GENEVA, Sunday, November 24, 2013, 6:05am EST
Iran and six world powers clinched a deal on Sunday curbing the Iranian nuclear program in exchange for initial sanctions relief, signaling the start of a game-changing rapprochement that could ease the risk of a wider Middle East war.
Aimed at ending a long festering standoff, the interim pact between Iran and the United States, France, Germany, Britain, China and Russia won the critical endorsement of Iranian clerical Supreme Leader Ayatollah Ali Khamenei.
U.S. President Barack Obama said the deal struck after marathon, tortuous and politically charged negotiations cut off Tehran's potential path to a nuclear weapon. But Israel, Iran's arch-enemy, denounced the agreement as an "historic mistake".
Halting Iran's most sensitive nuclear work, its higher-grade enrichment of uranium, it was tailored as a package of confidence-building steps towards reducing decades of tension and banish the specter of war over Iran's nuclear aspirations.
European Union foreign policy chief Catherine Ashton, who has been coordinating diplomatic contacts with Iran on behalf of the major powers, said it created time and space for follow-up talks on a comprehensive solution to the dispute.
"This is only a first step," said Iranian Foreign Minister and chief negotiator Mohammad Javad Zarif. "We need to start moving in the direction of restoring confidence, a direction which we have managed to move against in the past."
Hard-pressed by sanctions, many Iranians were elated by the breakthrough and prospect of economic improvement. The Iranian rial currency, decimated earlier this year due to sanctions, jumped more than 3 percent on news of the deal on Sunday.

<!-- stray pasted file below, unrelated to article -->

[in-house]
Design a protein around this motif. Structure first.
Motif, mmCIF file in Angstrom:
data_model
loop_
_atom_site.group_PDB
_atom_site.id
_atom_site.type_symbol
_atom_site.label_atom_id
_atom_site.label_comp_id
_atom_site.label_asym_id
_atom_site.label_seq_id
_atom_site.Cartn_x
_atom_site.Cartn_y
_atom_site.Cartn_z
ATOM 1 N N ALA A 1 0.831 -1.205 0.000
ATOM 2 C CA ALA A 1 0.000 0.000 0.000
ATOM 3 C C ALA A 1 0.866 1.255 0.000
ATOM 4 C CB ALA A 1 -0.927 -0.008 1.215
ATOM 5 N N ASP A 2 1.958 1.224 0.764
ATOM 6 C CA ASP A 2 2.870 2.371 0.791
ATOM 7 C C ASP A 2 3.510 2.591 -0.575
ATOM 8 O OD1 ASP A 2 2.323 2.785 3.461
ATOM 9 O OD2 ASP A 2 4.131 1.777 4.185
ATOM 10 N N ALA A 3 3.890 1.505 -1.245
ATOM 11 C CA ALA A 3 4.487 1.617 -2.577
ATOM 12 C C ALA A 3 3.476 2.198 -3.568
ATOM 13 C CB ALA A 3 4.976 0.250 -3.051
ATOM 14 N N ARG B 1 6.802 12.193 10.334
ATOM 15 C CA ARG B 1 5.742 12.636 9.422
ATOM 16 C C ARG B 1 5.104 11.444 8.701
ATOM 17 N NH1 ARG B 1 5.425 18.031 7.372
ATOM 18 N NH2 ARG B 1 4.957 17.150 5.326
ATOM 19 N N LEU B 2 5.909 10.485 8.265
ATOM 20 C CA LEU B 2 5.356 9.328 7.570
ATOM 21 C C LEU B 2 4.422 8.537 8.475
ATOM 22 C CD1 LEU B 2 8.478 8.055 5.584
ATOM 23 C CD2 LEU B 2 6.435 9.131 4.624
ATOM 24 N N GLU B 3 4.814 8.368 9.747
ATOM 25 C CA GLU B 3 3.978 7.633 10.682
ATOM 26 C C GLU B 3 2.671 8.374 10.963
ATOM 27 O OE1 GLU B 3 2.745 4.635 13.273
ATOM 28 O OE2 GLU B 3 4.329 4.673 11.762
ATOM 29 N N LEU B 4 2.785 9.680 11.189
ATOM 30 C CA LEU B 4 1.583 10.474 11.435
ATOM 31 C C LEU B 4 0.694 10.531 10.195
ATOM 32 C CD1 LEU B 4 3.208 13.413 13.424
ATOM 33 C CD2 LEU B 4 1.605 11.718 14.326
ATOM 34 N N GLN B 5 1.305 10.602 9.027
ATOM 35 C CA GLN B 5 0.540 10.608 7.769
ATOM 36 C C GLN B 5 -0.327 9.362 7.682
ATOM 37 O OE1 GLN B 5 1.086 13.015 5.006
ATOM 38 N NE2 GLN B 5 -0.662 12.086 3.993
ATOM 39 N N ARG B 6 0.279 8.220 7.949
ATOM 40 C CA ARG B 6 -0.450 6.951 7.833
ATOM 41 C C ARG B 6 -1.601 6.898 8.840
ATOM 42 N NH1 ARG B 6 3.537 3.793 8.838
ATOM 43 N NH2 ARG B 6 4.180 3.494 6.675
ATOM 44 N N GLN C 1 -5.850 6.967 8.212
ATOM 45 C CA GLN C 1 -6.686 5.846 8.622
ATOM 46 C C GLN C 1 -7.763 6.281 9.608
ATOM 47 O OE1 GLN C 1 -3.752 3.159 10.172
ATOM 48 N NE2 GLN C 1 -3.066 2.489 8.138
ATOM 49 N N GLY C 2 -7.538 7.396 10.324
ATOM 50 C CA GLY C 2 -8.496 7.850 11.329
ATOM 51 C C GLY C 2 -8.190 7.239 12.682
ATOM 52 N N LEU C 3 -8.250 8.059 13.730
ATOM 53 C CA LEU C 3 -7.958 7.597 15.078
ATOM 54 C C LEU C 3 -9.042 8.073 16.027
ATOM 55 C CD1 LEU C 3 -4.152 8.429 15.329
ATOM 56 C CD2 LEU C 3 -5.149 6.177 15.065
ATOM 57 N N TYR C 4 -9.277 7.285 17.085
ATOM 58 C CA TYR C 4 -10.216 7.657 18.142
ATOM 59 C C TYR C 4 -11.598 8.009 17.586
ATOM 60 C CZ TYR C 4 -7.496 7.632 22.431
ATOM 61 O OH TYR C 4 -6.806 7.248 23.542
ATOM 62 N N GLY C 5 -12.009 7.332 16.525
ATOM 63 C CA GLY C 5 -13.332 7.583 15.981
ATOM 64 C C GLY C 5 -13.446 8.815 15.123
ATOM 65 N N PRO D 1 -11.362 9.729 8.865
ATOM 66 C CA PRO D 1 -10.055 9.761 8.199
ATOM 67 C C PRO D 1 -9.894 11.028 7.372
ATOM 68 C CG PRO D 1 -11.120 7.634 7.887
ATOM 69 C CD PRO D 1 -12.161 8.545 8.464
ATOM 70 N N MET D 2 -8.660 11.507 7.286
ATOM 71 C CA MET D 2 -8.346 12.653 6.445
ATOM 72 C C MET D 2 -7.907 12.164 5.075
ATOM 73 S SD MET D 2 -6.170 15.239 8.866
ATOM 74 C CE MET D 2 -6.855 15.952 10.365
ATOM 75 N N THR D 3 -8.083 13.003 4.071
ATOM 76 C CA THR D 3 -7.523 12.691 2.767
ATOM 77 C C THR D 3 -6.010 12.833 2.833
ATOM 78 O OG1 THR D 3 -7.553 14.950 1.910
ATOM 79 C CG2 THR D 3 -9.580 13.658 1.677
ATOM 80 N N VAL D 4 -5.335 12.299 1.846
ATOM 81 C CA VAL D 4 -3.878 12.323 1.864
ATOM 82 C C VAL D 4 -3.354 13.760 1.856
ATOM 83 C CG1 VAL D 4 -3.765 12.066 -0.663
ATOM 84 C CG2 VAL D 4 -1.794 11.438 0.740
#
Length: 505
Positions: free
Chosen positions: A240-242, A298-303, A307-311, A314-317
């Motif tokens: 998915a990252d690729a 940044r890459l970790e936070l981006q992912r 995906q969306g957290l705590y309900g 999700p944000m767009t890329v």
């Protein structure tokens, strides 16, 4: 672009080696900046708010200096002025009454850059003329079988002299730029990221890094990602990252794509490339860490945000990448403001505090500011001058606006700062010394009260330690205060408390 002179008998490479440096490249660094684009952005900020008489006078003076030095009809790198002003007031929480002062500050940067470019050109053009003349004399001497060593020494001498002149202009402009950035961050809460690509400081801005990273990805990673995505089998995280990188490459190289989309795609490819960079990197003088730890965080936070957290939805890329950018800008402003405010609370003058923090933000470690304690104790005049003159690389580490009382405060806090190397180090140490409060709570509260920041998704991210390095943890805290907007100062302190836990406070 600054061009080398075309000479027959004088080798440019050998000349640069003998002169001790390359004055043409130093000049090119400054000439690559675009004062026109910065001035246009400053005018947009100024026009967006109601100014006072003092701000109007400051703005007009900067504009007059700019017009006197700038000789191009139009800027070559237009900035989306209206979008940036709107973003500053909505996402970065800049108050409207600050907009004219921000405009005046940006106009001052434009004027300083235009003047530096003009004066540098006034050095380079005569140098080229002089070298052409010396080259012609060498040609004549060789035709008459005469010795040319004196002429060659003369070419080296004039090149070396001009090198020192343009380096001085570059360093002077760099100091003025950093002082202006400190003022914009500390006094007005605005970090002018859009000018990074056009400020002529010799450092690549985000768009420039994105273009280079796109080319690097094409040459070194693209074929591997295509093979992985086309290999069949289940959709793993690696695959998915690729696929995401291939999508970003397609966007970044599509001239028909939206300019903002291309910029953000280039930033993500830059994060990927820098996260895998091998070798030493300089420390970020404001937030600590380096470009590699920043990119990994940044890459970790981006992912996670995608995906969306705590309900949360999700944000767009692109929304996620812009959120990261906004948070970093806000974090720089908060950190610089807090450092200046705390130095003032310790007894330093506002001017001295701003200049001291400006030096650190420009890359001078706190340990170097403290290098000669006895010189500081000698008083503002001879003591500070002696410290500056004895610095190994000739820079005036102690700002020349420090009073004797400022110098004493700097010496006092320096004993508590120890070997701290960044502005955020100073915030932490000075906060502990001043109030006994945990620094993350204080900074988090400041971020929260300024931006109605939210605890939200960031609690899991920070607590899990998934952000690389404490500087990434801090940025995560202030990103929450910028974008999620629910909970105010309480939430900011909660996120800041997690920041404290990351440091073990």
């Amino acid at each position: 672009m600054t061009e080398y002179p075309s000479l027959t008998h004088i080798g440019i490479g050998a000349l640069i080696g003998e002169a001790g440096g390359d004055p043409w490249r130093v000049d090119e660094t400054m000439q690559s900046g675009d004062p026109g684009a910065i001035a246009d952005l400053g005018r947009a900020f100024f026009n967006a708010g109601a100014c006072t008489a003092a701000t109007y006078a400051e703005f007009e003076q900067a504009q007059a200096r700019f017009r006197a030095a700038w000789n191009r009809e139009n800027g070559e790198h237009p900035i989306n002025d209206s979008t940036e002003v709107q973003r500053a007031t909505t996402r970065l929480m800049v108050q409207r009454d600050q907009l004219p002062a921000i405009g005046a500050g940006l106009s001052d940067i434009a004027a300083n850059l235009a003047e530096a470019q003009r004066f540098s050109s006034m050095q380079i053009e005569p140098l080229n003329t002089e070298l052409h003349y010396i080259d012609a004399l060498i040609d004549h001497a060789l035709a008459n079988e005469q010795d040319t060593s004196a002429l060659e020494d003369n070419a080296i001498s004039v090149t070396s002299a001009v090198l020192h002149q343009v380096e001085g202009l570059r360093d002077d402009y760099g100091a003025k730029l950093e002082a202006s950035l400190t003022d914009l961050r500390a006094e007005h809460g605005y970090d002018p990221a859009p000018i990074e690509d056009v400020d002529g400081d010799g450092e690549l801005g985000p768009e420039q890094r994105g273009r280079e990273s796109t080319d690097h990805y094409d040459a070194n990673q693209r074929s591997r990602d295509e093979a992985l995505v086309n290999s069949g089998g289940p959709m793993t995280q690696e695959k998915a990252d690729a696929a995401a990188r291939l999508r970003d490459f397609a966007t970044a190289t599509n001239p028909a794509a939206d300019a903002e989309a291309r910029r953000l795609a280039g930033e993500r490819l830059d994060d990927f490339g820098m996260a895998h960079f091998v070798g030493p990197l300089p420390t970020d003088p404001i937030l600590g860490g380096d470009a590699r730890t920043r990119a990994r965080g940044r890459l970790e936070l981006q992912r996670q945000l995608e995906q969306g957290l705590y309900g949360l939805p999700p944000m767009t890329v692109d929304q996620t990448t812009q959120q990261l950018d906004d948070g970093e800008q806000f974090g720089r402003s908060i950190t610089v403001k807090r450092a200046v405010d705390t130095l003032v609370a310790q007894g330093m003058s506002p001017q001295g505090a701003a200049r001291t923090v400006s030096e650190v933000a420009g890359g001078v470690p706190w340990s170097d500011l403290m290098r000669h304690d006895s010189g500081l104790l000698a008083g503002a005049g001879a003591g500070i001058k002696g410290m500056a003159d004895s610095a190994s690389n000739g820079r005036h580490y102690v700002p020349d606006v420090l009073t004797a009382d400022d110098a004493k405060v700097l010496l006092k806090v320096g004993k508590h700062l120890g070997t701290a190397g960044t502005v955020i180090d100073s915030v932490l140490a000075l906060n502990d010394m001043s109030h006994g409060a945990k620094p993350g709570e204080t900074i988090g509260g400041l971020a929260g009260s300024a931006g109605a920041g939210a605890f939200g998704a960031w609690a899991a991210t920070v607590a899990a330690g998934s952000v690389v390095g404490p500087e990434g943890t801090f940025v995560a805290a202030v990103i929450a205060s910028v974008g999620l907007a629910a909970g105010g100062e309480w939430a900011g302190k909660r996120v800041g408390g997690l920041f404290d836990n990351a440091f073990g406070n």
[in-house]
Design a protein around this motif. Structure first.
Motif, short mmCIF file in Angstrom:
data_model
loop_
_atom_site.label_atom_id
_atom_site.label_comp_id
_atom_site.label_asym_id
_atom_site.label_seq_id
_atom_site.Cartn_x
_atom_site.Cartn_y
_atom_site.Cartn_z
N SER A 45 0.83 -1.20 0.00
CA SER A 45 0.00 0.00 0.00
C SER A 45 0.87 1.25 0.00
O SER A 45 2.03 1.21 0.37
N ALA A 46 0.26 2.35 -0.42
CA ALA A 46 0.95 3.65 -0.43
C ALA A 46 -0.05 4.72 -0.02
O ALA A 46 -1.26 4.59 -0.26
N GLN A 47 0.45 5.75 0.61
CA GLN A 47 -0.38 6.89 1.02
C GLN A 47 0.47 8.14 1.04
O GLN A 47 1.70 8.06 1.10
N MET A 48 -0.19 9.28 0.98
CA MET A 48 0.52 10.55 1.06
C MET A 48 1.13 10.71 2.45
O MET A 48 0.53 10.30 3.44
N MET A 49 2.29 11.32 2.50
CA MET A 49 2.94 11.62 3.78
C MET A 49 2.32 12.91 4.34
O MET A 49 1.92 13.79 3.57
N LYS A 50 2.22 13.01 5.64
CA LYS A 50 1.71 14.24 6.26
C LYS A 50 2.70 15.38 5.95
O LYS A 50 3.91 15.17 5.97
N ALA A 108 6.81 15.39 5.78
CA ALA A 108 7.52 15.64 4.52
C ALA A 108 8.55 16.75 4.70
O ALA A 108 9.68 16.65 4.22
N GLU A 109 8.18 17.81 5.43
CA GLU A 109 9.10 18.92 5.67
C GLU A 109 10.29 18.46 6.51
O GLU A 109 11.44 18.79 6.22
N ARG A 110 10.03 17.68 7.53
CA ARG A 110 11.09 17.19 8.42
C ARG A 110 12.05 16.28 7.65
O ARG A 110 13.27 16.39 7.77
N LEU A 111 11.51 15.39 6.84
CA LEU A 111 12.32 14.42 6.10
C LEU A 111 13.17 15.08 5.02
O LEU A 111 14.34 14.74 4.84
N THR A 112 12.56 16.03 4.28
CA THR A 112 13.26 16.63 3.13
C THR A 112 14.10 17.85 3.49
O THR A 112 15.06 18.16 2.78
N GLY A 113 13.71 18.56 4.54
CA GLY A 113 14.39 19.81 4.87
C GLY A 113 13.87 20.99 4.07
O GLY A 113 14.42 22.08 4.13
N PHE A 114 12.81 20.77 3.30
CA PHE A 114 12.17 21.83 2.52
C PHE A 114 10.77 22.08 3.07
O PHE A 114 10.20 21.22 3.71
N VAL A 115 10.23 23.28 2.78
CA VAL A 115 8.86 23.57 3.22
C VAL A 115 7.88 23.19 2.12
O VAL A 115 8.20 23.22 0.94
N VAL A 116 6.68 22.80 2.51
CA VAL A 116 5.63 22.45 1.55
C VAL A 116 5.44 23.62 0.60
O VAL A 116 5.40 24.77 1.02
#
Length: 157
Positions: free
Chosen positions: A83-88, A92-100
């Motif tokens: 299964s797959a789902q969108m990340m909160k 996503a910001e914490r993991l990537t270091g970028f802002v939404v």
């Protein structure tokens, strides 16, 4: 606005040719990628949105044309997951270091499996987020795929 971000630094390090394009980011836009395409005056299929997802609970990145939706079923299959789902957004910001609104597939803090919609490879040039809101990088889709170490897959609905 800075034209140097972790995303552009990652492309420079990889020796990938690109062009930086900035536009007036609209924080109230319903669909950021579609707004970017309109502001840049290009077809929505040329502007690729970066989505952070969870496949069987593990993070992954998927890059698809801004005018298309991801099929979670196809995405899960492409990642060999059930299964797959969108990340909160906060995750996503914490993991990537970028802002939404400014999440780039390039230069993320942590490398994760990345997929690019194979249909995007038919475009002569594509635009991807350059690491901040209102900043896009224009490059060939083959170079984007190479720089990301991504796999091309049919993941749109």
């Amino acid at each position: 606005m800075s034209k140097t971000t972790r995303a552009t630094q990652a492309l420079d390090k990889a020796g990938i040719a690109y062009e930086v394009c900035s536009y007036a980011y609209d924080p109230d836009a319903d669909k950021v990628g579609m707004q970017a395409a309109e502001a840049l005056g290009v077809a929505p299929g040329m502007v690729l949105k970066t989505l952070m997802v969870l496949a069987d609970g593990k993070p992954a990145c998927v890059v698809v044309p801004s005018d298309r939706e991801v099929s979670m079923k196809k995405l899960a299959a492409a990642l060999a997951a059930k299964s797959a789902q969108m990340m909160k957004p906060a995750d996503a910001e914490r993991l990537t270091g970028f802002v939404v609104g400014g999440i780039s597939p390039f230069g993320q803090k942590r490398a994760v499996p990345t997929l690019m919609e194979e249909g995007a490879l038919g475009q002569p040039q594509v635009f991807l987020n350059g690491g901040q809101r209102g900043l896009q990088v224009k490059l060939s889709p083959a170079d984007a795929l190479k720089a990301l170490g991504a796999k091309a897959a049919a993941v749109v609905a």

Obama said that if Iran did not meet its commitments during the six-month period covered by the interim deal, Washington would turn off the tap of sanctions relief and "ratchet up the pressure".
But Israeli Prime Minister Benjamin Netanyahu condemned the deal as it left the nuclear fuel-producing infrastructure of its arch-foe intact. "What was achieved last night in Geneva is not a historic agreement, it was a historic mistake," he said.
"Today the world has become a much more dangerous place because the most dangerous regime in the world took a significant step towards obtaining the world's most dangerous weapon," he said in public remarks to his cabinet.
Nevertheless, the big power foreign ministers appeared relieved and elated after Ashton read out a statement proclaiming the deal in the middle of the night at the United Nations office in Geneva.
Ashton and Kerry U.S. Secretary of State John Kerry hugged each other. Kerry and Russian counterpart Sergei Lavrov shook hands. Minutes later, as Iran's delegation posed for photos, Zarif and French Foreign Minister Laurent Fabius embraced. France had taken the hardest line on Iran in recent talks.
The West has long suspected that Iran has been seeking covertly to develop a nuclear weapons capability. The Islamic Republic, a major oil producer, denies that, saying its nuclear program is a peaceful quest for an alternative source of electricity to serve a rapidly expanding population.
The United States said the deal halts advances in Iran's nuclear program, including construction of the Arak heavy-water reactor that deeply worries the West as it could yield plutonium, another atomic bomb ingredient, once operational.
It would neutralize Iran's stockpile of uranium refined to a concentration of 20 percent, which is a close step away from the level needed for weapons, and calls for enhanced, more frequent U.N. nuclear inspections, a senior U.S. official said.
A U.S. fact sheet said Iran has also committed to suspending enrichment above a fissile purity of 5 percent - the threshold suitable for running nuclear power stations, which is Iran's stated purpose. Refined uranium also provides the fissile core of an atomic bomb if refined to a high degree.
In return, Iran could obtain access to $1.5 billion in revenue from trade in gold and precious metals and the suspension of some sanctions on its automotive sector, and see its petrochemical exports revive.